kerbo continues the discussion Re: Migrate SSL App from Apache to GlassFish v3: "Thanks for the information but I am still confused on the correct setup. 1. Using openssl, I created the p12 file from my .crt and .key files. I imported the p12 into the keystore,jks file. I set the alias name to 's1as". Is this correct? In..."


Our current Spotlightis the Annual Developer Quiz put together by Janice Heiss: "For this quiz, SDN staff author Janice J. Heiss surveyed past interviews with leading Java developers in search of questions that might challenge, inform, entertain, amuse, and provoke you. The questions aspire to reflect both the intellectual curiosity and spirit of fun to be found in the Java community. We hope you enjoy taking this quiz... Test your knowledge of Java technology and computing..."


Our current java.net Poll asks "What was the most significant Java/JVM news/event in 2009?"Voting will run through Thursday or Friday (depending on where you live).


We have a new java.net Feature Article by JFXStudio Holiday Challenge winner Jeff Friesen, Reading Newsfeeds in JavaFX with FeedRead, in which Jeff demonstrates how to apply JavaFX's RSS and Atom newsfeed capabilities to create a snazzy little JavaFX app that can run stand-alone or in a browser. We're also still featuring my recentInterview with Java Champion Adam Bien: Java EE 8, Closures, and More.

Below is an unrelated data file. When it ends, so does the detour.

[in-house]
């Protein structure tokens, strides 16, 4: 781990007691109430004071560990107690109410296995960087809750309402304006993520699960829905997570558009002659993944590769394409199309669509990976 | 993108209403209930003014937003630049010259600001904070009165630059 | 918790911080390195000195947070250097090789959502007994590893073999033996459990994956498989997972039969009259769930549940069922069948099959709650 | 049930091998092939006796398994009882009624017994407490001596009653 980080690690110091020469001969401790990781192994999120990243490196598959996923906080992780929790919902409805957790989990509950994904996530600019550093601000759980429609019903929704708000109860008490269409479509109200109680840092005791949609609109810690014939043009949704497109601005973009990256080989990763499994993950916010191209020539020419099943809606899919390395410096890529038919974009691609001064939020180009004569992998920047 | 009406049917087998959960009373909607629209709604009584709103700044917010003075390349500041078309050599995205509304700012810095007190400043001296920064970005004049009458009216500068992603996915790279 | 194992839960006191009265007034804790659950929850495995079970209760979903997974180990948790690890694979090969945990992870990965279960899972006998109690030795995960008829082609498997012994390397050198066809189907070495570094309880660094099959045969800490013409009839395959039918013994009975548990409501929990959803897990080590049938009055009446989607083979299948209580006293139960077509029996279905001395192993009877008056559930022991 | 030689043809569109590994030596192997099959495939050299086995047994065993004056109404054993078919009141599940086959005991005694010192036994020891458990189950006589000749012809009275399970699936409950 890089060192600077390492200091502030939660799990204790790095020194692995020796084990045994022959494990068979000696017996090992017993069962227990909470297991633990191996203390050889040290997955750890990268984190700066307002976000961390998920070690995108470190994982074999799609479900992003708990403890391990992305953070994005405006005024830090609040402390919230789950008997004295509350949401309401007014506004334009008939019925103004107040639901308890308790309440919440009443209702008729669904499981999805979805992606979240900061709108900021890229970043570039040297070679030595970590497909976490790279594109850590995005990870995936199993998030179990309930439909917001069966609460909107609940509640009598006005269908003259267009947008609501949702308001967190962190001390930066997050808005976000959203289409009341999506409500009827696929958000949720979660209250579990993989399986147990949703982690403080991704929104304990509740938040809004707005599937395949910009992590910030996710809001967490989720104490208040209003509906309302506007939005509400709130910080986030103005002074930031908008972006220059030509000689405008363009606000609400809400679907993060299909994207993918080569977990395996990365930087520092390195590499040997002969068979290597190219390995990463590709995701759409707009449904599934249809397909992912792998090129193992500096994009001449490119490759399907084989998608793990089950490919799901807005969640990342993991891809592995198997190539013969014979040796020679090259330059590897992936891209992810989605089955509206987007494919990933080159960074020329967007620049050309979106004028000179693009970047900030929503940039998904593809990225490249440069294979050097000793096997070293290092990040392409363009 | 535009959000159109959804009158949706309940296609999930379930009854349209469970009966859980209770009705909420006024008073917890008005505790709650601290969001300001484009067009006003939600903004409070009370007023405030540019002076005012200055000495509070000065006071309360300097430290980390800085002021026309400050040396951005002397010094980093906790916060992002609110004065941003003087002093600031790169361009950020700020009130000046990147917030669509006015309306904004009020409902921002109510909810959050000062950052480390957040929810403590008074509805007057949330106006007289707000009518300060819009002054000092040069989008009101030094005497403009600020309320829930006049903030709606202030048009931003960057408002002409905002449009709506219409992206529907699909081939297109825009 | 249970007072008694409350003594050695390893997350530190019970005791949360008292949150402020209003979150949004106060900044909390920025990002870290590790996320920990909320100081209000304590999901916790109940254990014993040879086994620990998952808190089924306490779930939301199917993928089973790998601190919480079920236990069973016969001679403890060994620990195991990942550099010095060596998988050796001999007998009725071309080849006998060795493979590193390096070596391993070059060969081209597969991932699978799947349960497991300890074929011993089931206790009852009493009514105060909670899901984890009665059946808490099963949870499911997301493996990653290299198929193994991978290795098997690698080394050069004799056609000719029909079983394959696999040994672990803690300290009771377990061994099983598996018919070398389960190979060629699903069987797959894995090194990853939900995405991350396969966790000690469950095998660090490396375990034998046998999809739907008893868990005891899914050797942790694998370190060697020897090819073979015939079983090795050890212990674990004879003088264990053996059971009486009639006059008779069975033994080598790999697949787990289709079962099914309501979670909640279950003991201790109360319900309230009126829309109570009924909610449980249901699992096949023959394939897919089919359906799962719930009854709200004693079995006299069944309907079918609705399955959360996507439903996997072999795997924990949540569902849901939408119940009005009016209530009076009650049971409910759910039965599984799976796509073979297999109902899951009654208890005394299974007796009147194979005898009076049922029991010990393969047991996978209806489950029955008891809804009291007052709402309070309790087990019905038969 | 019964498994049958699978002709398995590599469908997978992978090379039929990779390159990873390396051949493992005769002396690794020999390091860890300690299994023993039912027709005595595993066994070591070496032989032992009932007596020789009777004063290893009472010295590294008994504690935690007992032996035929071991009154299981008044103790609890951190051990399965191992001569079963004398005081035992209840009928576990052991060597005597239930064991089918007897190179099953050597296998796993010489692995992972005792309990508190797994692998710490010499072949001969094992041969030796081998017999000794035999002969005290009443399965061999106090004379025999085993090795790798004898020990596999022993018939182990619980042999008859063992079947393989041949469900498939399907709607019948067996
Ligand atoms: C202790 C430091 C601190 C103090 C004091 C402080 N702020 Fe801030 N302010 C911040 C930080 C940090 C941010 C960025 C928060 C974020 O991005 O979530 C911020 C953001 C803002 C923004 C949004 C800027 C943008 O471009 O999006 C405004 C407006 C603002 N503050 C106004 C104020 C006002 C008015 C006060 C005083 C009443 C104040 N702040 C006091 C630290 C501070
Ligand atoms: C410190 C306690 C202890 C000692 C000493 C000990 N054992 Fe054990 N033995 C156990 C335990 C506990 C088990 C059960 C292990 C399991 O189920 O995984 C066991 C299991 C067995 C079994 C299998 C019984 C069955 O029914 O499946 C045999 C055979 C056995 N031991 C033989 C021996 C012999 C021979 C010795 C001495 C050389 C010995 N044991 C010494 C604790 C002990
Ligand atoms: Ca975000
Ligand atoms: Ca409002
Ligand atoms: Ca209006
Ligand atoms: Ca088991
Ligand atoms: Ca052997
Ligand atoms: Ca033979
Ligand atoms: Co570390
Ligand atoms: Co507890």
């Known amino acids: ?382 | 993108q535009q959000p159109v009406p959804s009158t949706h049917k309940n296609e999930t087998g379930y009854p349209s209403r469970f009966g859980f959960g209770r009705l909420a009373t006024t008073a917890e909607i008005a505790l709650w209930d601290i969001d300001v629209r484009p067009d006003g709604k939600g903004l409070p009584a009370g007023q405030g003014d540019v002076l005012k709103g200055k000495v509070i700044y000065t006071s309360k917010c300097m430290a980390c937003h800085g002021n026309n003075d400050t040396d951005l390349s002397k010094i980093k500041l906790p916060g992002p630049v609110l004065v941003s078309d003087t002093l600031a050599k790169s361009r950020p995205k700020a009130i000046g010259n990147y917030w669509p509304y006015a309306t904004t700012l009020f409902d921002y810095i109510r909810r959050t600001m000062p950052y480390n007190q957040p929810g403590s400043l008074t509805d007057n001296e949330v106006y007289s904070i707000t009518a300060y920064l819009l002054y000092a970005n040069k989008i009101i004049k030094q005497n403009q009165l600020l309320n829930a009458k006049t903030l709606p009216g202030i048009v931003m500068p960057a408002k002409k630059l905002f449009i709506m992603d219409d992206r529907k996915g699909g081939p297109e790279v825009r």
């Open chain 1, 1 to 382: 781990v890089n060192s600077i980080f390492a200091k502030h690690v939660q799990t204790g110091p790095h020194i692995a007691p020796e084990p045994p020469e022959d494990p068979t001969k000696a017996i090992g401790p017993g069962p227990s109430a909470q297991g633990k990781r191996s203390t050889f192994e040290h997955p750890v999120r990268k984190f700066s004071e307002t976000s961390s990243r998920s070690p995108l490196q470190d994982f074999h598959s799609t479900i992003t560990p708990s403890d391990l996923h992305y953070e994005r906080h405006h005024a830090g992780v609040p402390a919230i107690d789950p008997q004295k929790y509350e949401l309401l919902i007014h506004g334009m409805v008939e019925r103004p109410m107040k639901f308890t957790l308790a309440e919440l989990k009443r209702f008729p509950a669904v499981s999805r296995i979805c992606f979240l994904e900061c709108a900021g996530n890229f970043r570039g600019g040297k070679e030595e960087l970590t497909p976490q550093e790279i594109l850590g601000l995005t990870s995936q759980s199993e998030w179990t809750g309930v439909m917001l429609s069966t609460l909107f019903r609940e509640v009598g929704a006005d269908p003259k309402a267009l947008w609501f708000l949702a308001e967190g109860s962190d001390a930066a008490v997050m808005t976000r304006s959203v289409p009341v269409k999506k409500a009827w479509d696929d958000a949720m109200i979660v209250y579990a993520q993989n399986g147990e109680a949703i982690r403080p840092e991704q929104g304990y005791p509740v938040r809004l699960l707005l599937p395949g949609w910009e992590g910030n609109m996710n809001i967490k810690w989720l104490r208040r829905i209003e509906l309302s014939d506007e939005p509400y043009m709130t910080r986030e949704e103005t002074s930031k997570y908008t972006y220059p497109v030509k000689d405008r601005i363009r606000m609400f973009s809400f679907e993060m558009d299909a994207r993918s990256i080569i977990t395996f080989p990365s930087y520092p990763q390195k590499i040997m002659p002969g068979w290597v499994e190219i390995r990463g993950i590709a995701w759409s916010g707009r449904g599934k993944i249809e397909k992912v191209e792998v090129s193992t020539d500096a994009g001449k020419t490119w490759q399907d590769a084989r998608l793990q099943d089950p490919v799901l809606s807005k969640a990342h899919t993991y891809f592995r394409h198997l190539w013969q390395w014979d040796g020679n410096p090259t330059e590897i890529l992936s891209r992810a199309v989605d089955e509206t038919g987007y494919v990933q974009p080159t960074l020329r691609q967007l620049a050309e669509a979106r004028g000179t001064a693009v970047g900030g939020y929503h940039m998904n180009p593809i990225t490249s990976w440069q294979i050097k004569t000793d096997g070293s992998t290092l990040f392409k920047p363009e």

The latest Java Mobility Podcast is Java Mobile Podcast 92: MIDP 3.0 in Depth: Tutorials and Demonstrations: Excerpts from the JavaOne 2009 MIDP 3.0 In Depth: Tutorials and Demonstrations session with Roger Riggs, Lakshmi Dontamsetti and Stan Kao.


Current and upcoming Java Events:

Registered users can submit event listings for the java.net Events Page using our events submission form. All submissions go through an editorial review before being posted to the site.


Archives and Subscriptions: This blog is delivered weekdays as the Java Today RSS feed. Also, once this page is no longer featured as the front page of java.net it will be archived along with other past issues in the java.net Archive.

-- Kevin Farnham
O'Reilly Media

Part 2 of Ed Ort's latest "Deep Dive" production, Deep Dive: Java EE 6 and GlassFish v3 with Arun Gupta, covers "What's New and Cool in GlassFish v3." See my post from yesterday for an overview of Part 1 of the deep dive, "What's New and Cool in Java EE 6."

Part 2 begins with Ed noting that GlassFish v3 is the reference implementation for Java EE 6. Then, Arun gets into some of the productivity features that have been implemented in GF v3. The first point is the modularity of GF v3. Arun notes that when you start GlassFish v3, it launches in just a few seconds. This is because it is deploying only the modules needed for the currently requested operations.

In operational mode, GlassFish v3 monitors the usage of a web container, and automatically shuts down the container when it is no longer being used. This maximizes the utilization of available resources, by freeing the server from actively maintaining components that are not currently being used. The Apache Felix platform is the engine behind this.

Arun demonstrates the GlassFish v3 features on a notebook computer -- not your typical hardware for running a highly scalable enterprise level platform (as is seen when GF unexpectedly fails to quickly start). But, he says that 3 seconds is the standard start-up time on more standard server hardware. Later in the screencast, Arun demonstrates an example app. So, GF v3 did work on the notebook -- it just couldn't start up in the 3 seconds that is standard on actual server hardware.